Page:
Summer Road Trip I: Saskatoon

For Ty’s August holiday we decided to cruise 14.5 hours east down the road in the wheels to the Qualityman Inn, Day Spa, and Suites, a 5 star establishment half an hour south of Saskatoon in beautiful Dundurn, Saskatchewan, pop 500. Its proprietors, Tracey, Darrin, Tango, and Molly, really rolled out the red carpet for us for the 4 days we were there.

One of the very beautiful features of this hacienda is the Tradar Trail (est. 2010), a tree-lined path around the perimeter of the estate, created by Tracey and Darrin and walked by them and their faithful beast Tango twice a day, summer and winter.

From the trail a walker can gaze out over the vast fields of wheat, canola, and peas.

Tango enjoys his daily jaunts, when he’s not hunkered down eating fallen apples from the laden apple trees close to the house.

This view from the homestead shows, on the left, the original farmhouse, now a tractor garage and nesting area for local swallows, the 100 year old barn, used for storage and the odd barn dance, the solar panel array, and the water pump.

Our first day was cloudy, with the odd bit of torrential rain, a perfect day for gallery-going in the city.

Art Placement Gallery, one of the art spaces downtown, had an expansive show of prairie landscapes by a doyen of the prairie painting scene, Dorothy Knowles, who celebrated her 90th birthday in April.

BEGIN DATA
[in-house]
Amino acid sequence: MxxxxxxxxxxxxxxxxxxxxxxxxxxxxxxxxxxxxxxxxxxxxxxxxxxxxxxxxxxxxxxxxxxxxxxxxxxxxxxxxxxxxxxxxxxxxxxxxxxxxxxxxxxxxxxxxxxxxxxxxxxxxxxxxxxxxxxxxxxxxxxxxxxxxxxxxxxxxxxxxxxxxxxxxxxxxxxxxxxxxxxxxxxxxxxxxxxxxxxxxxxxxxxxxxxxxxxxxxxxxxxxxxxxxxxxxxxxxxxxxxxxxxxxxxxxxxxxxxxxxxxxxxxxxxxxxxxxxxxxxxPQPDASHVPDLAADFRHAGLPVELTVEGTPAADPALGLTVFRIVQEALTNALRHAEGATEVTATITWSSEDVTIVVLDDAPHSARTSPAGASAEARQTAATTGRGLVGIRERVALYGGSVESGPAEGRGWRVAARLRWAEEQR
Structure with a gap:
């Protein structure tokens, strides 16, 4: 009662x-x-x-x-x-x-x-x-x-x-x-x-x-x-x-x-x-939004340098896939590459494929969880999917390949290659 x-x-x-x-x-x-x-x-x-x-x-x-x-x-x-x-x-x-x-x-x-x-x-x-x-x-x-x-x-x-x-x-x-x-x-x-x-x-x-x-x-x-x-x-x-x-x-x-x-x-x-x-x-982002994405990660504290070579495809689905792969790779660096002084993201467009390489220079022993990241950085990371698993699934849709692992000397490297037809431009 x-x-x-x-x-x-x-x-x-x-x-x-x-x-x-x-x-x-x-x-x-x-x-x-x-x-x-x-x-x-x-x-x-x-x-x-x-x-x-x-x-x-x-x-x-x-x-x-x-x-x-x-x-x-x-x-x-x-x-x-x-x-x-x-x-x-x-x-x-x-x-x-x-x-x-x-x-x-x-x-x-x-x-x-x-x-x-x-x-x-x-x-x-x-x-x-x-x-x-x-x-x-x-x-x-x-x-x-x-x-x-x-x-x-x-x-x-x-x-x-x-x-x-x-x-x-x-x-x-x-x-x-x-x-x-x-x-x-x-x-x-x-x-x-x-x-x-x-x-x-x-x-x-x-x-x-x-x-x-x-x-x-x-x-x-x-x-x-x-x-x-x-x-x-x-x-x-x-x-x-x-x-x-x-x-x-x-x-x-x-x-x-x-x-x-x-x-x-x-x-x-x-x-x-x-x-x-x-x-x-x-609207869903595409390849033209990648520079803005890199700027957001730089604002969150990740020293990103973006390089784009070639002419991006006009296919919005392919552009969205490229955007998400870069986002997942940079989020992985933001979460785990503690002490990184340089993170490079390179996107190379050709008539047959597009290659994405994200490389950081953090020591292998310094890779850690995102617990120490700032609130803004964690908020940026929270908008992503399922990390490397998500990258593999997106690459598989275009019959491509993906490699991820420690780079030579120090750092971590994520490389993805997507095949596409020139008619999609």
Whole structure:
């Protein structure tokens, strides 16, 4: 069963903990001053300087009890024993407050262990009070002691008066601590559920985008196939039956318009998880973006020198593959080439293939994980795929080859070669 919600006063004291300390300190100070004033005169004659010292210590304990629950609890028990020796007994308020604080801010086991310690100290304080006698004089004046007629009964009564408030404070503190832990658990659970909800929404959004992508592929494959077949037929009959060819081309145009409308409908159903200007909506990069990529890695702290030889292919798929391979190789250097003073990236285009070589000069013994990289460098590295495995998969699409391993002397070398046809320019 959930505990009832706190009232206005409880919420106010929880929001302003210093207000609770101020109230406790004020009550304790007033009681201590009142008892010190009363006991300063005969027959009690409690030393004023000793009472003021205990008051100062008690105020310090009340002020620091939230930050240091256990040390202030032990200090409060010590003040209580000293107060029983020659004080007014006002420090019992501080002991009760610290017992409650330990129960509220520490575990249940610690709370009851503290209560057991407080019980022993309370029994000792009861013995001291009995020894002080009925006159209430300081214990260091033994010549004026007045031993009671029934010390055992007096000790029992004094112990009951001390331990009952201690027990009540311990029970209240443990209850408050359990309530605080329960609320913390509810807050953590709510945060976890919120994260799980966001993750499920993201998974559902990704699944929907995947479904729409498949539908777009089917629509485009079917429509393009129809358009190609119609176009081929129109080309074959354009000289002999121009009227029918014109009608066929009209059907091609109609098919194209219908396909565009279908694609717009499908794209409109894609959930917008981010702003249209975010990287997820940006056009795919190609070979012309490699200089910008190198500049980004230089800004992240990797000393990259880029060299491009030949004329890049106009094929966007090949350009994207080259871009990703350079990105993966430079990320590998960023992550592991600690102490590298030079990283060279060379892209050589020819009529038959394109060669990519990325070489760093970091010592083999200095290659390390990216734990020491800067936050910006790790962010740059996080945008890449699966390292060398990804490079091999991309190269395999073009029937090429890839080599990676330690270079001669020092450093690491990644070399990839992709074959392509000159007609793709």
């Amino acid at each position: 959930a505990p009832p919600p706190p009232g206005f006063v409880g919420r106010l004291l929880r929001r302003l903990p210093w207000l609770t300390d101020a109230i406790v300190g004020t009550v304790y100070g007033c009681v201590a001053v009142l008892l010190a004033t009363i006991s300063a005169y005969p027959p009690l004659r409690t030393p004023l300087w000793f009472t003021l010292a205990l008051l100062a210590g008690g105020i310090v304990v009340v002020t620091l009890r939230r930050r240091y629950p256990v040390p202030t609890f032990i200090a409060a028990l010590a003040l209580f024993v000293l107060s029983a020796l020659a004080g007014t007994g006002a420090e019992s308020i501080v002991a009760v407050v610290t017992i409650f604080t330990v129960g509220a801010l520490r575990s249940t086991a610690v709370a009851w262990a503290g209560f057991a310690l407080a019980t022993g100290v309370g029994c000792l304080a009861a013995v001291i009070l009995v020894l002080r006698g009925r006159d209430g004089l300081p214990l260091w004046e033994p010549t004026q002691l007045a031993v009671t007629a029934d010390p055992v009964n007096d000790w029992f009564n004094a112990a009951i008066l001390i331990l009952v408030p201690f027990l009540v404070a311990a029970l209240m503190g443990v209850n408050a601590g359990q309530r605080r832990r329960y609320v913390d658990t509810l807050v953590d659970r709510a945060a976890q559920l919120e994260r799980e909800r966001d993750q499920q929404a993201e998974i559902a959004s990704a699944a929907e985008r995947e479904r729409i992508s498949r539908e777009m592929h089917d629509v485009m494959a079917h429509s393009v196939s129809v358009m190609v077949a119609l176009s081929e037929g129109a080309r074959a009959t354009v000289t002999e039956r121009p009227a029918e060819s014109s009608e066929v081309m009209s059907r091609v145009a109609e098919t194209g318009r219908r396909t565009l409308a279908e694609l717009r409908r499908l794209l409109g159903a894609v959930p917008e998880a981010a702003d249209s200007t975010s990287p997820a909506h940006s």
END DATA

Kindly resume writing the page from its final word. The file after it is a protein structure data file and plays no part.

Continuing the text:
There are still a few old early twentieth century buildings downtown with nice facades and elaborately decorated lobbies, such as the one below. Saskatoon does not have many highrises and the ones that do exist are not very tall. Most of the buildings are no higher than the one below. It has a pleasant, compact downtown area.

Tracey and Darrin were very good tour guides, showing us around the cool parts of town where galleries, studios, pubs, and coffee shops abound.

Ty fired up his holiday fedora, a newish travelling hat that replaced his previous short stovepipe straw hat; with it on, he can always be found in a crowd.

We didn’t see a lot of street art, but a few murals caught my eye.

Seeking out galleries was thristy work so naturally we had to duck into one of the local coffeehouses, which just happened to house the remnants of the Void Gallery’s art collection on its walls.

Initially we sat outside but spitting rain chased us inside, where we watched a chalk artist cum barista execute some underwater images on the blackboard.

While waiting for the rain to subside, we had a fantastic lunch at the Seoul Koren Restaurant just down the block, big bowls of spicy seafood soup for Ty & I, beef, egg, and noodles for Darrin, and veg for Tracey – really great if you like red chilies, which we do! (The below picture shows Darrin and I discombobulated, not sure whether we would actually be getting a feed anytime soon).

 

Sufficiently sufonsified (sp?), in other words stuffed with shrimp, mussels, and noodles, we headed over to the Craft Council gallery to check out the exhibit of ceramic artist Jack Surs, a senior artist from Regina who, to celebrate his 82 birthday, had 82 pieces on display, some of which were enormous.